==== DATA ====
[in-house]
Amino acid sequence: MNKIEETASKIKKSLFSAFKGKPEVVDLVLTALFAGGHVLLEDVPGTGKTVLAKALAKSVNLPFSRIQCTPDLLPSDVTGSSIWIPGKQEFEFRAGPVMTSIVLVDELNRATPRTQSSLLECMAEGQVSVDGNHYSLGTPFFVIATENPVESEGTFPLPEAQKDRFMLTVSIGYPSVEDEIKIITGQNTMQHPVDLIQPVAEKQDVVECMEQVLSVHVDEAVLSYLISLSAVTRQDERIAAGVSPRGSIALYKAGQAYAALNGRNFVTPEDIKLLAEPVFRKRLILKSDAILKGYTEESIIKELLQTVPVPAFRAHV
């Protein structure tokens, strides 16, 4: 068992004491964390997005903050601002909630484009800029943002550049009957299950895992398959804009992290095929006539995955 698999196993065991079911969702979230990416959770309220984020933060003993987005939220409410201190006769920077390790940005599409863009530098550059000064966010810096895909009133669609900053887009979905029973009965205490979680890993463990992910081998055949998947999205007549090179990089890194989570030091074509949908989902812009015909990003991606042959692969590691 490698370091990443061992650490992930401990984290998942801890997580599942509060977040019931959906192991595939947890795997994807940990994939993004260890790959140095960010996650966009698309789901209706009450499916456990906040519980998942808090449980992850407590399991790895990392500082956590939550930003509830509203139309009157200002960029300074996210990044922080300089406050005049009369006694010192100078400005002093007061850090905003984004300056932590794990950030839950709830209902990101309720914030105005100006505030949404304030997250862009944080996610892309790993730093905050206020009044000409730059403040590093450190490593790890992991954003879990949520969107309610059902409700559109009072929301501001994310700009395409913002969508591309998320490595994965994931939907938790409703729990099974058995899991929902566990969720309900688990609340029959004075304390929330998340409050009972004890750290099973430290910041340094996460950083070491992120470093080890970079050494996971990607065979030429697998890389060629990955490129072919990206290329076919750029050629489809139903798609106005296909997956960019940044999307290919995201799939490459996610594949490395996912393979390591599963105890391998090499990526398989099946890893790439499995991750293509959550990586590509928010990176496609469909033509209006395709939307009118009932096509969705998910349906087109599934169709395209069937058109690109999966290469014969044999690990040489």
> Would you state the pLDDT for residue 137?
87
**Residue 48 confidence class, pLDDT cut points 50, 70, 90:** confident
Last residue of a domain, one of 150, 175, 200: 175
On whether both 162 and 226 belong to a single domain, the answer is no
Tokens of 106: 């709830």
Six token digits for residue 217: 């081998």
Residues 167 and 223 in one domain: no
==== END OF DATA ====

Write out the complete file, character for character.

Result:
[in-house]
Amino acid sequence: MNKIEETASKIKKSLFSAFKGKPEVVDLVLTALFAGGHVLLEDVPGTGKTVLAKALAKSVNLPFSRIQCTPDLLPSDVTGSSIWIPGKQEFEFRAGPVMTSIVLVDELNRATPRTQSSLLECMAEGQVSVDGNHYSLGTPFFVIATENPVESEGTFPLPEAQKDRFMLTVSIGYPSVEDEIKIITGQNTMQHPVDLIQPVAEKQDVVECMEQVLSVHVDEAVLSYLISLSAVTRQDERIAAGVSPRGSIALYKAGQAYAALNGRNFVTPEDIKLLAEPVFRKRLILKSDAILKGYTEESIIKELLQTVPVPAFRAHV
């Protein structure tokens, strides 16, 4: 068992004491964390997005903050601002909630484009800029943002550049009957299950895992398959804009992290095929006539995955 698999196993065991079911969702979230990416959770309220984020933060003993987005939220409410201190006769920077390790940005599409863009530098550059000064966010810096895909009133669609900053887009979905029973009965205490979680890993463990992910081998055949998947999205007549090179990089890194989570030091074509949908989902812009015909990003991606042959692969590691 490698370091990443061992650490992930401990984290998942801890997580599942509060977040019931959906192991595939947890795997994807940990994939993004260890790959140095960010996650966009698309789901209706009450499916456990906040519980998942808090449980992850407590399991790895990392500082956590939550930003509830509203139309009157200002960029300074996210990044922080300089406050005049009369006694010192100078400005002093007061850090905003984004300056932590794990950030839950709830209902990101309720914030105005100006505030949404304030997250862009944080996610892309790993730093905050206020009044000409730059403040590093450190490593790890992991954003879990949520969107309610059902409700559109009072929301501001994310700009395409913002969508591309998320490595994965994931939907938790409703729990099974058995899991929902566990969720309900688990609340029959004075304390929330998340409050009972004890750290099973430290910041340094996460950083070491992120470093080890970079050494996971990607065979030429697998890389060629990955490129072919990206290329076919750029050629489809139903798609106005296909997956960019940044999307290919995201799939490459996610594949490395996912393979390591599963105890391998090499990526398989099946890893790439499995991750293509959550990586590509928010990176496609469909033509209006395709939307009118009932096509969705998910349906087109599934169709395209069937058109690109999966290469014969044999690990040489």
> Would you state the pLDDT for residue 137?
87
**Residue 48 confidence class, pLDDT cut points 50, 70, 90:** confident
Last residue of a domain, one of 150, 175, 200: 175
On whether both 162 and 226 belong to a single domain, the answer is no
Tokens of 106: 């709830």
Six token digits for residue 217: 């081998």
Residues 167 and 223 in one domain: no